Wednesday Vignettes: Painted Lady, Sore Thumb

 Painted Lady butterfly on the Gomphrena.  Monarchs and multiple other butterflies ignored the Gomphrena, but the several dozen migrating Painted Ladies who flew by yesterday treated it like a Las Vegas all-you-can-eat buffet. 
 Sore thumb:  Phylica pubescens at the UC Santa Cruz Arboretum hints at the trickiness of this plant in the landscape.  Muted soft gold and pale green foliage screams like hot pink at certain times of the day.  Sore thumb as in sticks out like a. 
Glowing Leucadendrons can't quite equal the glow of a backlit Phylica;  the Restios don't have a chance.  

Back at home, green and raw-copper shades of Sedum nussbaumerianum 'Coppertone' seems to agree with a new Phylica, purchased at the Arboretum.  
Hmm.  Might work.   

More vignettes to be had at Flutter and Hum.

Comments

  1. I am glad it wasn't you that had the sore thumb. Multiple migrating painted ladies is a treat, too. I've seen them going north when there were snowbanks along Hwy 2. Wonder why nobody makes a big deal about them like they do monarchs?

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    1. Actually I accidentally knifed my finger the other day--but the bandage is off now.

      Painted Ladies, I wonder too. I still remember the huge numbers of them in 2005. They were everywhere--it was magical.

      Enjoy all the weather-nerd links on your blog. Was just going through some of them. I dread yet another hot dry winter.

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  2. Phylica pubescens does upstage other players but it's a thrill to see a superstar!

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  3. One possible approach to successful Phyllica use: use in small doses rather than massing. What made me realize/suggest this is that in scrolling down past the image with the restios, I hit a point at which only a bit of the bright backlit fuzz is visible, in the lower left-hand corner. Then it's an accent to the handsome assemblage of other plants and not a scene-stealer. A question of how much drama you want in your landcape, ultimately.

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    1. Good point. (Tho can't mass them until I figure out how not to kill one.) Not backlit, they are fairly unobtrusive--but I love that backlit effect.

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  4. Love those photos from the UCSC Arboretum. You masterfully captured the different layers of contrasting foliage.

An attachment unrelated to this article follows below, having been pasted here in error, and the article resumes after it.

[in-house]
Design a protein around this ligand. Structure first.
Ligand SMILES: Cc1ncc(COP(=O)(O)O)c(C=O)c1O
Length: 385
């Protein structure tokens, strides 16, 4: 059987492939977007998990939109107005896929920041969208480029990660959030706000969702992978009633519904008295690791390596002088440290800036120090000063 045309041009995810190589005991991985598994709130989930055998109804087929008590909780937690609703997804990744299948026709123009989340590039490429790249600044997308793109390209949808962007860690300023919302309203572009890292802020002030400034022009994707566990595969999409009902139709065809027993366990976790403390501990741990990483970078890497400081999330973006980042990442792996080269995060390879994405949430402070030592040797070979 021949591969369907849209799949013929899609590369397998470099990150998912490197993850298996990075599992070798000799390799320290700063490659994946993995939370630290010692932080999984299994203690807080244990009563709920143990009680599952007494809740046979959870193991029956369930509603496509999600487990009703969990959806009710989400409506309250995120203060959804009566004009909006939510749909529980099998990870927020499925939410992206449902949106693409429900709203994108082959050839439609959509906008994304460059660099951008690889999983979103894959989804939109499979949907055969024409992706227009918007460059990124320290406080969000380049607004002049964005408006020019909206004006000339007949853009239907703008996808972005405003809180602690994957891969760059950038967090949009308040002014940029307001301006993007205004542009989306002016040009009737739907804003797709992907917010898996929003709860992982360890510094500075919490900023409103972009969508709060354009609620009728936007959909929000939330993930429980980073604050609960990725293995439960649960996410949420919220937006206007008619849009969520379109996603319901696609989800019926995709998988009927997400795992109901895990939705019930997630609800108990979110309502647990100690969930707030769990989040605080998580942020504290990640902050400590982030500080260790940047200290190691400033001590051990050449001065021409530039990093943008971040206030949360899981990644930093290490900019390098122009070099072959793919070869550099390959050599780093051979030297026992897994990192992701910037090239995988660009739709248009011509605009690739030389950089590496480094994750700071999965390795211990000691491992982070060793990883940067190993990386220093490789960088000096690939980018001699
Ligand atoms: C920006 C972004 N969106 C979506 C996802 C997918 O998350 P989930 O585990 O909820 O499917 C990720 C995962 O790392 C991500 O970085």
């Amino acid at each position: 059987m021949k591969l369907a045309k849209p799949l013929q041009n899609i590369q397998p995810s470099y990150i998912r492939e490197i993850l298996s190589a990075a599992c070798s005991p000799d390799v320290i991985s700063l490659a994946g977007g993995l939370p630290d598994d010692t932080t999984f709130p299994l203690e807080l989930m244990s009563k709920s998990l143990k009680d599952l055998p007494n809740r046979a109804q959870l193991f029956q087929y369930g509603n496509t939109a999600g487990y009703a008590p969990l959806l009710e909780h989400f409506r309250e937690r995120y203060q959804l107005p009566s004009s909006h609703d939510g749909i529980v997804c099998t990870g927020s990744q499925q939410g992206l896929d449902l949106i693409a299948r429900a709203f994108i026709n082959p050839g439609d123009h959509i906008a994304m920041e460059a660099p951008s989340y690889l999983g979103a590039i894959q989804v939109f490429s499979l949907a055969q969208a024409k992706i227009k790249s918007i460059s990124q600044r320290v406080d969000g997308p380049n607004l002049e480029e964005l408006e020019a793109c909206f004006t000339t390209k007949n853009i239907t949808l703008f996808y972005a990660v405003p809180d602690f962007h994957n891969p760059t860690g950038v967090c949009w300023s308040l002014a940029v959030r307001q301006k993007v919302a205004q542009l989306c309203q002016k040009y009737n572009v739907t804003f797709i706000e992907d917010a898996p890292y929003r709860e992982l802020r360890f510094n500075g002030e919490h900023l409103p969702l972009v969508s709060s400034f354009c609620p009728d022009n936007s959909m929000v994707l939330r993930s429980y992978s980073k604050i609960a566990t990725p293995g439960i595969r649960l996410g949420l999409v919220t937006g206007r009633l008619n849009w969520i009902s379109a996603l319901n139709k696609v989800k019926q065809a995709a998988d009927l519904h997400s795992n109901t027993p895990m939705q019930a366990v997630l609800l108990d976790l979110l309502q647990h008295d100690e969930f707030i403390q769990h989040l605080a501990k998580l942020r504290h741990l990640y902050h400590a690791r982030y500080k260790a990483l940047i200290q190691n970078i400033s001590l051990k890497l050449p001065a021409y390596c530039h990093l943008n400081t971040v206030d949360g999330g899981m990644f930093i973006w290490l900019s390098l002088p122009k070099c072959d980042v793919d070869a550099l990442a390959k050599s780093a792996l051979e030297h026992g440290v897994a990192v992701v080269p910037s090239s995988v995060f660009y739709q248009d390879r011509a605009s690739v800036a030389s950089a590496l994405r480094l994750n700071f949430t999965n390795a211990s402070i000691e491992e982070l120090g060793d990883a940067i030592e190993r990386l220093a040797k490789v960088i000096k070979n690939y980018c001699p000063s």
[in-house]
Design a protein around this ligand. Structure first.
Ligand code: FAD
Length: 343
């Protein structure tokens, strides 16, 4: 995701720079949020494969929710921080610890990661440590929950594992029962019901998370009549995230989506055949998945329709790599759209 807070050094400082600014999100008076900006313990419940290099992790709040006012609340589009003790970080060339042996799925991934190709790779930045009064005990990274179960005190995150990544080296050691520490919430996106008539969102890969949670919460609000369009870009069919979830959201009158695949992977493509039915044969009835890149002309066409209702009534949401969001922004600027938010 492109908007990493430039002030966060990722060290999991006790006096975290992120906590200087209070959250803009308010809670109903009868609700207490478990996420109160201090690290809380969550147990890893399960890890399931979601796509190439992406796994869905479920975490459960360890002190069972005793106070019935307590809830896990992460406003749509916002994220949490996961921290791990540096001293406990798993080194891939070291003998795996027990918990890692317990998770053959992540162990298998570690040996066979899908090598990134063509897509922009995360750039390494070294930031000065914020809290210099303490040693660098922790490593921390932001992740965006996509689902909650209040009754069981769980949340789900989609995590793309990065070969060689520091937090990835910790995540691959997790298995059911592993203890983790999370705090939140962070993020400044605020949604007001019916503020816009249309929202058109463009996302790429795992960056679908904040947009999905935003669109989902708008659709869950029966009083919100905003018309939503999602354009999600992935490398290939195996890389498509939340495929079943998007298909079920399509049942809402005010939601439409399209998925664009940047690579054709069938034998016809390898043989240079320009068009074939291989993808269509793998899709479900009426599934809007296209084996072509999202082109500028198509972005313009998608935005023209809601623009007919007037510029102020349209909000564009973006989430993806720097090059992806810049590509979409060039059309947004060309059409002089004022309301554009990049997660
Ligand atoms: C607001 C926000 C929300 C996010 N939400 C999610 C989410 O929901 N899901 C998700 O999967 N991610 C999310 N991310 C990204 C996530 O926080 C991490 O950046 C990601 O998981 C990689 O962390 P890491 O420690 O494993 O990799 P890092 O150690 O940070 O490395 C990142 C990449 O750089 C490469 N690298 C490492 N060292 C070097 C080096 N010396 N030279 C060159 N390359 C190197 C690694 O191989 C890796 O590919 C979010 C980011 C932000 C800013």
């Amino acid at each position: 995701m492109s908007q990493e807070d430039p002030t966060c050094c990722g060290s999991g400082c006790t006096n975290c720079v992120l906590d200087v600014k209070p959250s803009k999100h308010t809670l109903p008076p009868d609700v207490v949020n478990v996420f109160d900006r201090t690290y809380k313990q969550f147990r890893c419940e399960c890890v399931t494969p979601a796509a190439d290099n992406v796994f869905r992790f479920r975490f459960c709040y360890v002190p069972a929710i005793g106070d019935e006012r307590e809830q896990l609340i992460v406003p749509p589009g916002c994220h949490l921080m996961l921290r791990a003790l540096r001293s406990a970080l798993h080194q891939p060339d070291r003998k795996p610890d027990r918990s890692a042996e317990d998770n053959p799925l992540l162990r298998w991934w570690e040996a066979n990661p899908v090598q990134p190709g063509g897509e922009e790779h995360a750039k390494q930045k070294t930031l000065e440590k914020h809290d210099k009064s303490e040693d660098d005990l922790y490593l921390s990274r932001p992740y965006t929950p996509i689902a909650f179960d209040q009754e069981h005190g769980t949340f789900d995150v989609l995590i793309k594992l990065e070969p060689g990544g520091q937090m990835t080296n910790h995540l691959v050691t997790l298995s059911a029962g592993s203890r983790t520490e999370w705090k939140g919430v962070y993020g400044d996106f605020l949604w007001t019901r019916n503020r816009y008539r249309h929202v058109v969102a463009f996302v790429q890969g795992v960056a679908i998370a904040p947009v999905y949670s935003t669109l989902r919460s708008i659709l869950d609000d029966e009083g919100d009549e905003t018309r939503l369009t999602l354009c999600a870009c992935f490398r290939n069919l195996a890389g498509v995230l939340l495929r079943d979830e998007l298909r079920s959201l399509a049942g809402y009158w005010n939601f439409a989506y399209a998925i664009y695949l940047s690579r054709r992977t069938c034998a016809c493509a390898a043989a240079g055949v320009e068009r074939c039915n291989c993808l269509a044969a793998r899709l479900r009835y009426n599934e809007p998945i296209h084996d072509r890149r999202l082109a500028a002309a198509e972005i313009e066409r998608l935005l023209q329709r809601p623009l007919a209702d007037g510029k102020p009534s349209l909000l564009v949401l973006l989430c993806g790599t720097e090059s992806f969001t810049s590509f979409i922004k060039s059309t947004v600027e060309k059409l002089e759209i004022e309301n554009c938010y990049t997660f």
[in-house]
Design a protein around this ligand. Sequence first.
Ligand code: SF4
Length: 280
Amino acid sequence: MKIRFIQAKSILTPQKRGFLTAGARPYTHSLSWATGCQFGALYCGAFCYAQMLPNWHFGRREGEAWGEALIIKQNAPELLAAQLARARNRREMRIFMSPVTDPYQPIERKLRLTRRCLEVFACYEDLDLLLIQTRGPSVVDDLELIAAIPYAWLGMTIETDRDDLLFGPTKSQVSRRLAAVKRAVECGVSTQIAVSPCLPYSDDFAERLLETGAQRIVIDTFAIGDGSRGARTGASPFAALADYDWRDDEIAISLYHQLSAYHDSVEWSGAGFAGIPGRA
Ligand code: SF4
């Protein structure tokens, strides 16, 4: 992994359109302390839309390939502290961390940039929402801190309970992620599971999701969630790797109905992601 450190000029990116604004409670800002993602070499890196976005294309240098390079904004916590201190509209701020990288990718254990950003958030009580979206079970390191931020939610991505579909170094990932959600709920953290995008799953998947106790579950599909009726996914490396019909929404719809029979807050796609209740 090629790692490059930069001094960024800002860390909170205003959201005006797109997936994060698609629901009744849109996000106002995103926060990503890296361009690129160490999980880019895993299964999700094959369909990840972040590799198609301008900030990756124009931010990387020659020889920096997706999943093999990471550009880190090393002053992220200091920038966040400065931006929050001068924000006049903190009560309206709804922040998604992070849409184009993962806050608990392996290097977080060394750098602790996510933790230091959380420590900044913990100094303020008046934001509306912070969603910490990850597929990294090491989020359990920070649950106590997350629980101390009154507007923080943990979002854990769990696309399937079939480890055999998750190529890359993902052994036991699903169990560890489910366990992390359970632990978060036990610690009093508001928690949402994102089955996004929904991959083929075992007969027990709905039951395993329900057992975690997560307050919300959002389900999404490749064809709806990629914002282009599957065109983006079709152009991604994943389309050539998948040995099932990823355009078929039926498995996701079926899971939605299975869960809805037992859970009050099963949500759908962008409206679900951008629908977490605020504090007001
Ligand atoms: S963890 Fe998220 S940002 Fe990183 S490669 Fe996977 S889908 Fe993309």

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    1. That section of the Arboretum was particularly beautiful, with so many different South African plants all together--all I missed was some Aloes! Didn't see a one, and there are a few Fynbos Aloes.

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  5. I'm glad to see you're making another go with the Phylica. Both of mine are currently in pots. I'm gun shy about planting them out in the border after losing 2 of them there (although that can probably be blamed mostly on the horrible June heatwave). I placed those plants alongside Yucca 'Bright Star'. Seaside had the plants backed up by Leucadendron 'Safari Sunset' and Bird of Paradise, which was okay but not stunning.

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    1. I got a chance to ask the super nice and helpful staff at RBG--they said Phylica wasn't particularly difficult, recommended sufficient water and a cup of soil sulfur yearly, as winter rains begin. I think mine got insufficient water. The soil sulfur I'm going to do with all the protea-family in the garden as well. Of 'Cousin Itt', one word was said: "water!"

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    2. Yes, 'Bright Star' would be nice--mine are in super dry spots, though. I thought 'Joe Hoak' as well--need to try that.

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    3. Or a Leucadendron with yellow bracts instead of red?

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  6. I'd take that sore thumb any day...

    Beautiful images as always. BTW I'm wondering about your large watermark. Is there a tale of theft behind it?

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    1. Such a beautiful plant. It's like a cross between a plant and a kitten.

      Yeah on the watermark, blog's been getting hammered by spambots, thought watermarks might discourage that, maybe it might be working a little.

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  7. Backlighting works its magic yet again...with a little help from you.

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  8. Oh, Phylica is a beautiful plant - I like how you call it the David Bowie of plants. That puts it in a singular category, indeed! I like the visual I get from Kris' idea, contrasting it with a Bright Star yucca. Both spiky and soft!

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    1. That is a good idea, spiky and soft. :)

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